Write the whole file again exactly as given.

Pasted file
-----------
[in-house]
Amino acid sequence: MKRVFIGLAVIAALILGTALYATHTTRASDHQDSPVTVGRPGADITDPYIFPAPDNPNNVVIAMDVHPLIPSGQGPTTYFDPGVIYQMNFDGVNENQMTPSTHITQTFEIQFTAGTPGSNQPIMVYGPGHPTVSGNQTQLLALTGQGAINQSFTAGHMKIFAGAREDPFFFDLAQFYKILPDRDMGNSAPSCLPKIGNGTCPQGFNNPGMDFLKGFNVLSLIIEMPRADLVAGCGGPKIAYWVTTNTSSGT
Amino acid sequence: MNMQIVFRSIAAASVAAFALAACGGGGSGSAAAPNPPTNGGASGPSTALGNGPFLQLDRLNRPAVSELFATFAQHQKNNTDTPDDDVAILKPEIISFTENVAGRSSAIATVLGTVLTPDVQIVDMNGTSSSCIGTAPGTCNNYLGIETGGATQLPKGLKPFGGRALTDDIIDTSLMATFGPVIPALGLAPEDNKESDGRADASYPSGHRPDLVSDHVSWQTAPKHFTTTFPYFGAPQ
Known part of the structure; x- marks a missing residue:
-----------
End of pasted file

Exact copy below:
[in-house]
Amino acid sequence: MKRVFIGLAVIAALILGTALYATHTTRASDHQDSPVTVGRPGADITDPYIFPAPDNPNNVVIAMDVHPLIPSGQGPTTYFDPGVIYQMNFDGVNENQMTPSTHITQTFEIQFTAGTPGSNQPIMVYGPGHPTVSGNQTQLLALTGQGAINQSFTAGHMKIFAGAREDPFFFDLAQFYKILPDRDMGNSAPSCLPKIGNGTCPQGFNNPGMDFLKGFNVLSLIIEMPRADLVAGCGGPKIAYWVTTNTSSGT
Amino acid sequence: MNMQIVFRSIAAASVAAFALAACGGGGSGSAAAPNPPTNGGASGPSTALGNGPFLQLDRLNRPAVSELFATFAQHQKNNTDTPDDDVAILKPEIISFTENVAGRSSAIATVLGTVLTPDVQIVDMNGTSSSCIGTAPGTCNNYLGIETGGATQLPKGLKPFGGRALTDDIIDTSLMATFGPVIPALGLAPEDNKESDGRADASYPSGHRPDLVSDHVSWQTAPKHFTTTFPYFGAPQ
Known part of the structure; x- marks a missing residue: